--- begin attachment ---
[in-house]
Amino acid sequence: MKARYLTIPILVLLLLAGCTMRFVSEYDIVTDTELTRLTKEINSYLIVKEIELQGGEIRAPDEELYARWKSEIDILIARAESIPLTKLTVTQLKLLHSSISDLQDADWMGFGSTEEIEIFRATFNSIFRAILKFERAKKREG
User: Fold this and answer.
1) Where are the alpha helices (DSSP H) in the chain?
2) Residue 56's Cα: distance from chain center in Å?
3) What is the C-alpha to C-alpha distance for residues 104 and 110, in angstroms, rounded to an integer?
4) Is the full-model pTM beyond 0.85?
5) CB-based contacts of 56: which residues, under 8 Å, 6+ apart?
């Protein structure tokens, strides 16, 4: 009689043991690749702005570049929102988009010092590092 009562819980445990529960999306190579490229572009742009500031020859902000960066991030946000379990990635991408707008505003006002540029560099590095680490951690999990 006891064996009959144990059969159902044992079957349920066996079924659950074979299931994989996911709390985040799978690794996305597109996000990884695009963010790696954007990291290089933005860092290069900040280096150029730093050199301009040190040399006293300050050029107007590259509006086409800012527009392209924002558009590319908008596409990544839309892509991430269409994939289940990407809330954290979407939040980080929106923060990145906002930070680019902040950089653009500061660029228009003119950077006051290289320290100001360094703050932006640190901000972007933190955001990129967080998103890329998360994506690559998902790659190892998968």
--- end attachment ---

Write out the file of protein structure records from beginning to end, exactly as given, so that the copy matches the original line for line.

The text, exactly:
[in-house]
Amino acid sequence: MKARYLTIPILVLLLLAGCTMRFVSEYDIVTDTELTRLTKEINSYLIVKEIELQGGEIRAPDEELYARWKSEIDILIARAESIPLTKLTVTQLKLLHSSISDLQDADWMGFGSTEEIEIFRATFNSIFRAILKFERAKKREG
User: Fold this and answer.
1) Where are the alpha helices (DSSP H) in the chain?
2) Residue 56's Cα: distance from chain center in Å?
3) What is the C-alpha to C-alpha distance for residues 104 and 110, in angstroms, rounded to an integer?
4) Is the full-model pTM beyond 0.85?
5) CB-based contacts of 56: which residues, under 8 Å, 6+ apart?
């Protein structure tokens, strides 16, 4: 009689043991690749702005570049929102988009010092590092 009562819980445990529960999306190579490229572009742009500031020859902000960066991030946000379990990635991408707008505003006002540029560099590095680490951690999990 006891064996009959144990059969159902044992079957349920066996079924659950074979299931994989996911709390985040799978690794996305597109996000990884695009963010790696954007990291290089933005860092290069900040280096150029730093050199301009040190040399006293300050050029107007590259509006086409800012527009392209924002558009590319908008596409990544839309892509991430269409994939289940990407809330954290979407939040980080929106923060990145906002930070680019902040950089653009500061660029228009003119950077006051290289320290100001360094703050932006640190901000972007933190955001990129967080998103890329998360994506690559998902790659190892998968």